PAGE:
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Congratulations to Mike, but it isn't strictly a matter of management
beyond understanding the need for national policies for
privacy, reversing the 'need to know'-based architecture,
and so on. Otherwise, we are caught on a procurement
cycle issue in which late adoption policies that once
were prudent are now friction. The 'let a thousand
flowers bloom' approach means competing and non-interoperable
standards abound. Who chooses and will those choices
be based on lab experiments or commercial applications?
Then there are standards groups. Things done for expedience and
speed may not work well in this environment. The
semantic web standards are too nascent and the procurements
are too near. If they move too fast, the derail the industry
itself. People are actively fighting over the 'paranoia'
necessary in the face of DRM tech but DRM tech is vital
to trusted information systems. If you want this stuff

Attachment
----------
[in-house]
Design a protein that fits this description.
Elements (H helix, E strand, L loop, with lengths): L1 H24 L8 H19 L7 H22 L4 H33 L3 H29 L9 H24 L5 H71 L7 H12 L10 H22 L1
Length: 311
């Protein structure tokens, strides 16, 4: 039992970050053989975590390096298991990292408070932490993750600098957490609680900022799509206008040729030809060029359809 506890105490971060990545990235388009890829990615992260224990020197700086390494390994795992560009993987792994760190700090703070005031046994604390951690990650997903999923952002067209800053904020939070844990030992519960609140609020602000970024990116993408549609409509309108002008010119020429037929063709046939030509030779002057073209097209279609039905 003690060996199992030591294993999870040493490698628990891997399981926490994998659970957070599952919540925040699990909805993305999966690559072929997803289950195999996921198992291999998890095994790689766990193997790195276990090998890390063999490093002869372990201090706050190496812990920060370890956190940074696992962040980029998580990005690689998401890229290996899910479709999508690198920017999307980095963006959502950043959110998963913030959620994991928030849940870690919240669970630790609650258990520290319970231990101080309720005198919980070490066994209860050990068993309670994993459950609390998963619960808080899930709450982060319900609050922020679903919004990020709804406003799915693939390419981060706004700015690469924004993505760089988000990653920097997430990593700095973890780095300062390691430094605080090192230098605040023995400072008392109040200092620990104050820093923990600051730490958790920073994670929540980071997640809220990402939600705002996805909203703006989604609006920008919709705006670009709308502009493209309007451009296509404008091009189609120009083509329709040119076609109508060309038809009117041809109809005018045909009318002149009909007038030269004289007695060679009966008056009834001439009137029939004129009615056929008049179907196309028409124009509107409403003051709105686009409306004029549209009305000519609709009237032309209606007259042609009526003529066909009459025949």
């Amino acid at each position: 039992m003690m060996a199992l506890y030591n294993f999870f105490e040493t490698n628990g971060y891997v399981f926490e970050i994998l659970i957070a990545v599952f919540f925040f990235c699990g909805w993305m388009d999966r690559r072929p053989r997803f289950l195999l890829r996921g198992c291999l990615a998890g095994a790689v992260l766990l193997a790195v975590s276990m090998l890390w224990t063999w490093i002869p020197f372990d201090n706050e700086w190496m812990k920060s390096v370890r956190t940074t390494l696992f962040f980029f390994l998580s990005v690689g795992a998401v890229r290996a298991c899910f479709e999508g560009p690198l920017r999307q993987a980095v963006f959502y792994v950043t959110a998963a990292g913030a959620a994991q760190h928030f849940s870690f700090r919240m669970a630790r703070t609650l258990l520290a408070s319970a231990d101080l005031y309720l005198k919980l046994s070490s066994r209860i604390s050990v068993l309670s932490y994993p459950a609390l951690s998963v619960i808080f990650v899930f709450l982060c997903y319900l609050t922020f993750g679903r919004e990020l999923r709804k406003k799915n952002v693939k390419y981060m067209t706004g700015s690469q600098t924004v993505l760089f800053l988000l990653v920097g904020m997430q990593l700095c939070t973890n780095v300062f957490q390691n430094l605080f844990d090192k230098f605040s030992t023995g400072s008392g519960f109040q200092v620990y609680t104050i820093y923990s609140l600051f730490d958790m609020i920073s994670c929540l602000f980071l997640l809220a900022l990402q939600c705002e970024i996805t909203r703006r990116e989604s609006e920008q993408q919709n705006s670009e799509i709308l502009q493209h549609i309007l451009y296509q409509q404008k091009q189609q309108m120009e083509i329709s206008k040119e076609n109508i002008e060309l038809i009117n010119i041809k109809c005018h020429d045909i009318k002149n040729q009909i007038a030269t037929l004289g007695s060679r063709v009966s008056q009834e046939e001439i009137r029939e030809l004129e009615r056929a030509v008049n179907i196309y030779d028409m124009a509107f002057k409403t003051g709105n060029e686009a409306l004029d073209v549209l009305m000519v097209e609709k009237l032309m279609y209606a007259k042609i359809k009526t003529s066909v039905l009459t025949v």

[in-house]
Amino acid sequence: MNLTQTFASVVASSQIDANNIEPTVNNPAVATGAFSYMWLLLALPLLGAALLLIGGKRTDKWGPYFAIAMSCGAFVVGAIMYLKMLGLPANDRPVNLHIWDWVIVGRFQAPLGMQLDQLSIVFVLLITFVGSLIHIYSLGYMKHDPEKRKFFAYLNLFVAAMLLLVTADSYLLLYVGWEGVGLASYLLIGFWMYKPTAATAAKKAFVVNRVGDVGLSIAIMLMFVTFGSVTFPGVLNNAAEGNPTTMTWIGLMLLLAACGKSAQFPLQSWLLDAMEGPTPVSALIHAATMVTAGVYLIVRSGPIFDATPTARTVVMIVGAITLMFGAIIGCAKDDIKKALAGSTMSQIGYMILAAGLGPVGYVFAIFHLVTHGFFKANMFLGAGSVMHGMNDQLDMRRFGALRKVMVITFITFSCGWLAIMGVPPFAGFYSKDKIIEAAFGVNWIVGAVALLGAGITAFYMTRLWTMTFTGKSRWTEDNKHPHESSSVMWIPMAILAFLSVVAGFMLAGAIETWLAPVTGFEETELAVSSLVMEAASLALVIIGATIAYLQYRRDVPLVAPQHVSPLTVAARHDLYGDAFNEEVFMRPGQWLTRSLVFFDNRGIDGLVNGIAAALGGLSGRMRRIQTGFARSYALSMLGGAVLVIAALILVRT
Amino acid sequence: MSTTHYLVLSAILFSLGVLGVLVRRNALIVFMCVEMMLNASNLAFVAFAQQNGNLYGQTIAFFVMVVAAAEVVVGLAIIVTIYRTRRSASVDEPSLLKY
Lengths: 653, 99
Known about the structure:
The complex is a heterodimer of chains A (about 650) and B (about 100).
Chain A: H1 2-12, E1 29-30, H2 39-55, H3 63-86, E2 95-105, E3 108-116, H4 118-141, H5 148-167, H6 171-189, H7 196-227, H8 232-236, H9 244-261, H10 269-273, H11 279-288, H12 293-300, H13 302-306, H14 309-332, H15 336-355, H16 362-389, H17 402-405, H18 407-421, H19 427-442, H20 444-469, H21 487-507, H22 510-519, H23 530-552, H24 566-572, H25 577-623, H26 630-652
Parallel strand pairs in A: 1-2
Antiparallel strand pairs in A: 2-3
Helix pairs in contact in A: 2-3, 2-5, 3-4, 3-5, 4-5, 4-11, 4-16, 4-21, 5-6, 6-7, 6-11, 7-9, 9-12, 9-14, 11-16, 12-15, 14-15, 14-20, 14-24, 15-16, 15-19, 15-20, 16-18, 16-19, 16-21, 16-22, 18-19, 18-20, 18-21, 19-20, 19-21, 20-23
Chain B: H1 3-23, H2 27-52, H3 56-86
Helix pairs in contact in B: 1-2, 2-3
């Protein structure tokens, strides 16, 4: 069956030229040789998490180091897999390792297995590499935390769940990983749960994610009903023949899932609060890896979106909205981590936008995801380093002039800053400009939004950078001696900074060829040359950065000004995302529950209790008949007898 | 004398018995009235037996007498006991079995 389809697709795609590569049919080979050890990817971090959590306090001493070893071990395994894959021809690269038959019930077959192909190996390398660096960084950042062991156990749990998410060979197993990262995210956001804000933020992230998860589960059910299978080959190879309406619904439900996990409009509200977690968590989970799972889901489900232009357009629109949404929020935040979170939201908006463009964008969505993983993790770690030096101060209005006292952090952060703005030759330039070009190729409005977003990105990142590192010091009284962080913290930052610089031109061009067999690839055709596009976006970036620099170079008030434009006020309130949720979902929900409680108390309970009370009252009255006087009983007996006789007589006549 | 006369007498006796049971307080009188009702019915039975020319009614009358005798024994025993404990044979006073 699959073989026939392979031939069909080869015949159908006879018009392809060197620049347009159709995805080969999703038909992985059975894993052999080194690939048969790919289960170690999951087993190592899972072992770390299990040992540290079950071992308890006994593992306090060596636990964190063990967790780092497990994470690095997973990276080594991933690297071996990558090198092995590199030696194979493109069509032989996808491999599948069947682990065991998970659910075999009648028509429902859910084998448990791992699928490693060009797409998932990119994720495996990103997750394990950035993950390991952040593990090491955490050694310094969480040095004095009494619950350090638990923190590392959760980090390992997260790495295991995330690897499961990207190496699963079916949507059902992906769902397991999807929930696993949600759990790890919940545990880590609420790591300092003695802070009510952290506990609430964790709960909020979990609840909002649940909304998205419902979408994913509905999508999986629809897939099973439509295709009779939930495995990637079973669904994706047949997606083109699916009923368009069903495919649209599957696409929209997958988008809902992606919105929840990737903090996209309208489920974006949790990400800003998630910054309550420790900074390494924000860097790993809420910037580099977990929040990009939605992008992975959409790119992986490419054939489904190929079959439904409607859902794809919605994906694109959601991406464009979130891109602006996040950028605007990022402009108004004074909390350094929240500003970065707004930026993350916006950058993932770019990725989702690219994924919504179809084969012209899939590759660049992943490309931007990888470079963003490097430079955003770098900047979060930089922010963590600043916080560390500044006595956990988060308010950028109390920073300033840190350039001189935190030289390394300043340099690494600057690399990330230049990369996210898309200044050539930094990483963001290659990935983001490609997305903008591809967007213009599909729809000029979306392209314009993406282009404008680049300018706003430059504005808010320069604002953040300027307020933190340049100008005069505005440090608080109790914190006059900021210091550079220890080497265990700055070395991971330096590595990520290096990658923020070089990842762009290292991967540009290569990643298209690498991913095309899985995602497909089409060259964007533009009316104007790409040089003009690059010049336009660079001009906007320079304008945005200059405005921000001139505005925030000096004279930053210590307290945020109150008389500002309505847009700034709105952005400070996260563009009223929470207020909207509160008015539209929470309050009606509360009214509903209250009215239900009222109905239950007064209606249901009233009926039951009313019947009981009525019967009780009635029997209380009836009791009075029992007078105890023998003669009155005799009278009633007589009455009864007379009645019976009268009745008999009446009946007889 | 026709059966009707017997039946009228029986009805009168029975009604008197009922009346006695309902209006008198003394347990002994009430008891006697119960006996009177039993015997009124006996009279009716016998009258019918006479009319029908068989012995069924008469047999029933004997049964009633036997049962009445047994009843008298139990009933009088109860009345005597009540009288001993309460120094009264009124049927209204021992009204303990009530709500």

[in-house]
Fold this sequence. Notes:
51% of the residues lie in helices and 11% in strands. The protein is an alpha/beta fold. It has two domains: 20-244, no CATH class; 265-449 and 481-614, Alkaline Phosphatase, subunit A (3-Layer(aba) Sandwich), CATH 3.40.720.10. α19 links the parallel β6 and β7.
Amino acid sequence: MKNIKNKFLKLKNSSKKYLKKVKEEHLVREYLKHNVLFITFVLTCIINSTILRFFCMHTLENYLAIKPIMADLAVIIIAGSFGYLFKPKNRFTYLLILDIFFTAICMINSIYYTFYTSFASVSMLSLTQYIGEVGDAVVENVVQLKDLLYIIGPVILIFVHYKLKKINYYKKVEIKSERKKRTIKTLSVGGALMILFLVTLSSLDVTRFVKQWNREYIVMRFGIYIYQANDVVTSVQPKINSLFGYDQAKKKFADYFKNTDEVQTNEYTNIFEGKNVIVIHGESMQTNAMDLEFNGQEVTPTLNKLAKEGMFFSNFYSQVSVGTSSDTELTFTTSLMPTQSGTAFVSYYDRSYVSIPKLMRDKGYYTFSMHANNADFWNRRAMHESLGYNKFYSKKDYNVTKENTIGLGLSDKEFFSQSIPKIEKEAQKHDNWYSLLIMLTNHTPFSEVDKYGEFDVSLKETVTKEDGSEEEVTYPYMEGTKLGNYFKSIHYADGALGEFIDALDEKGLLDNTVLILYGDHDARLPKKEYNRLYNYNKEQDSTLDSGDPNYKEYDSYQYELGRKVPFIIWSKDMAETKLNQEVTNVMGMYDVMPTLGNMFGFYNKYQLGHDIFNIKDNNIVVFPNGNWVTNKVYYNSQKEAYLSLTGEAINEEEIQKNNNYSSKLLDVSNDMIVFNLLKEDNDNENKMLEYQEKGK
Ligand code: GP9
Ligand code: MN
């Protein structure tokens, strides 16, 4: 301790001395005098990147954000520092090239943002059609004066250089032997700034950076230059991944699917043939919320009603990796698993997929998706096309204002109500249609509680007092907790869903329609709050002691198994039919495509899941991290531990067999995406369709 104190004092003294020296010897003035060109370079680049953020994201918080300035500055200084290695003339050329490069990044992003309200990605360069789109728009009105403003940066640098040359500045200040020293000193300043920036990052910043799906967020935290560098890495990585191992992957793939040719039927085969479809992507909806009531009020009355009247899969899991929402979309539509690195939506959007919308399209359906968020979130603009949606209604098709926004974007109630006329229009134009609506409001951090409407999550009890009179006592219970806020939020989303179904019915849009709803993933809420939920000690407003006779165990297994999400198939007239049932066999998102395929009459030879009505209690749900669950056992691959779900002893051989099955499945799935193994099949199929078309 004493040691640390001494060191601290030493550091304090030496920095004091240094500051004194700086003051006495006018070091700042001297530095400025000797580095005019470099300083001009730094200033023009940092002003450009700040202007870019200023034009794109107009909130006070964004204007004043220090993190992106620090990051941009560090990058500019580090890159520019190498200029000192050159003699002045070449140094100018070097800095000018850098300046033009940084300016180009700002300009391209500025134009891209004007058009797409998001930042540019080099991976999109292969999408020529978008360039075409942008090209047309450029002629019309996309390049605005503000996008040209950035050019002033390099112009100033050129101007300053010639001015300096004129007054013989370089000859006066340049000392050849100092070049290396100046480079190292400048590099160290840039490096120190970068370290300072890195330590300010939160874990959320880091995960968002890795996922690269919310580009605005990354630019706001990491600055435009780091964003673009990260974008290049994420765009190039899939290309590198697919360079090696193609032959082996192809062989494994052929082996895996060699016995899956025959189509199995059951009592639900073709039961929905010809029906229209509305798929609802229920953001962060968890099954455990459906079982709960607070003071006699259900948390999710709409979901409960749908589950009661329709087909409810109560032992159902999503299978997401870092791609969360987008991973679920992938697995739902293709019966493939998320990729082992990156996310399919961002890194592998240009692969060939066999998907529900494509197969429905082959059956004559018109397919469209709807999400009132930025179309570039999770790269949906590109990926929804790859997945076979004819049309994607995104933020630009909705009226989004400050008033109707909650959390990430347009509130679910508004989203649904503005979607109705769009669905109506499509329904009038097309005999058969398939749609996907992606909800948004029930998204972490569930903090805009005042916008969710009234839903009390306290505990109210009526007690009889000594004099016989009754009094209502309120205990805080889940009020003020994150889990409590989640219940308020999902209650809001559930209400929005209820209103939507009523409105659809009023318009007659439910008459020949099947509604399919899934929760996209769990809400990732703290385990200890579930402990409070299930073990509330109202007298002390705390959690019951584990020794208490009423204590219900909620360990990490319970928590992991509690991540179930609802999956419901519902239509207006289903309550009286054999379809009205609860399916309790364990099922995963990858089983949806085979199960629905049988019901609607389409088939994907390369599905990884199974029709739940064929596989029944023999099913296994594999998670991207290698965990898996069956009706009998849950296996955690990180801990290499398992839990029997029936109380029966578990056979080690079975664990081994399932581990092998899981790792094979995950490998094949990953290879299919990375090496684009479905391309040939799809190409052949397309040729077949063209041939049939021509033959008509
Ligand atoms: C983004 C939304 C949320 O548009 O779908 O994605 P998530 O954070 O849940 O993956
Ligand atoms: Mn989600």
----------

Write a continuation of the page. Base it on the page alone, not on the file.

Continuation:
soon, it has to be out of research an in production.
If you want interoperability, you have to inform every
consultant working for every public agency and every
mayor, and so on about the requirements. You need an
architecture that is easy to explain and easier to
It's a heckuva a problem and it won't be solved inside
the Beltway or OASIS or in any single vendor's shop.
Asked another way:
o what aspects of first responder
technologies would you apply semantic web tech to?
o what other aspects of a SHARE-based system would
you apply semantic web tech to?
It is like changing a tire on a moving car on a busy highway.
As the sticker says:
"Objects in the mirror may be closer than you think."
From: Chiusano Joseph [mailto:firstname.lastname@example.org]
"Bullard, Claude L (Len)" wrote:
> >From the homeland security perspectives, authorization, provisioning,
> play a very important role as does Information Resource Management (aka,
> DRM). So far, semantic web technologies don't.
Mike Daconta has just signed on as the new DHS Metadata Manager, so my
guess is that this may change.